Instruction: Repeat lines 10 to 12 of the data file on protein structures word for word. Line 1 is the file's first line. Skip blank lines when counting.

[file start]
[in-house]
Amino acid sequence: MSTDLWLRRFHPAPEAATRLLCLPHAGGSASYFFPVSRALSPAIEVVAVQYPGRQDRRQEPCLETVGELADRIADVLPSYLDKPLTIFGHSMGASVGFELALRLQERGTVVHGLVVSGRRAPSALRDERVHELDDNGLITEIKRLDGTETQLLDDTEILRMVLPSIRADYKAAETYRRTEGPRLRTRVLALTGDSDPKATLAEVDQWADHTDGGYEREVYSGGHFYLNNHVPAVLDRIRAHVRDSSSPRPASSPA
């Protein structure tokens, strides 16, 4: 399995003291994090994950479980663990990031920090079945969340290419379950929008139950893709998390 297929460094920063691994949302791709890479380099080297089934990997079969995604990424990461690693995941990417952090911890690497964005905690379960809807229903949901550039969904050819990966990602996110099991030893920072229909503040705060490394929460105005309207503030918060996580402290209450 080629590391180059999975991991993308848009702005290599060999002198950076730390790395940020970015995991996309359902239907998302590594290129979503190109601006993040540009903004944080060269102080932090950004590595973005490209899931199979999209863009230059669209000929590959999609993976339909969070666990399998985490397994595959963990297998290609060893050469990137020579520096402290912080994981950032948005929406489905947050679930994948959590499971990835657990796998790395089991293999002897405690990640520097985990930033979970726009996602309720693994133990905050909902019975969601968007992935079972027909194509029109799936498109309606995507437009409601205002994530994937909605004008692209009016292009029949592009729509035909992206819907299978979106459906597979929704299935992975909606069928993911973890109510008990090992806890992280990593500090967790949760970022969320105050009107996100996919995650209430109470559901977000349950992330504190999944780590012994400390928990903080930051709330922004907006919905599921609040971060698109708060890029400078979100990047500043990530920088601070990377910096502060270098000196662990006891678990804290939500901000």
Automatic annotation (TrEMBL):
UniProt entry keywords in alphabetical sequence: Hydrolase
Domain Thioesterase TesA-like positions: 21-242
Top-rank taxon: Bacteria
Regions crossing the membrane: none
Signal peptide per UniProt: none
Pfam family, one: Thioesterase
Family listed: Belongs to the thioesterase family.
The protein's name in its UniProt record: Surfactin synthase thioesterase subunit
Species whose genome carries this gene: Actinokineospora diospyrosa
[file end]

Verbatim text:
Pfam family, one: Thioesterase
Family listed: Belongs to the thioesterase family.
The protein's name in its UniProt record: Surfactin synthase thioesterase subunit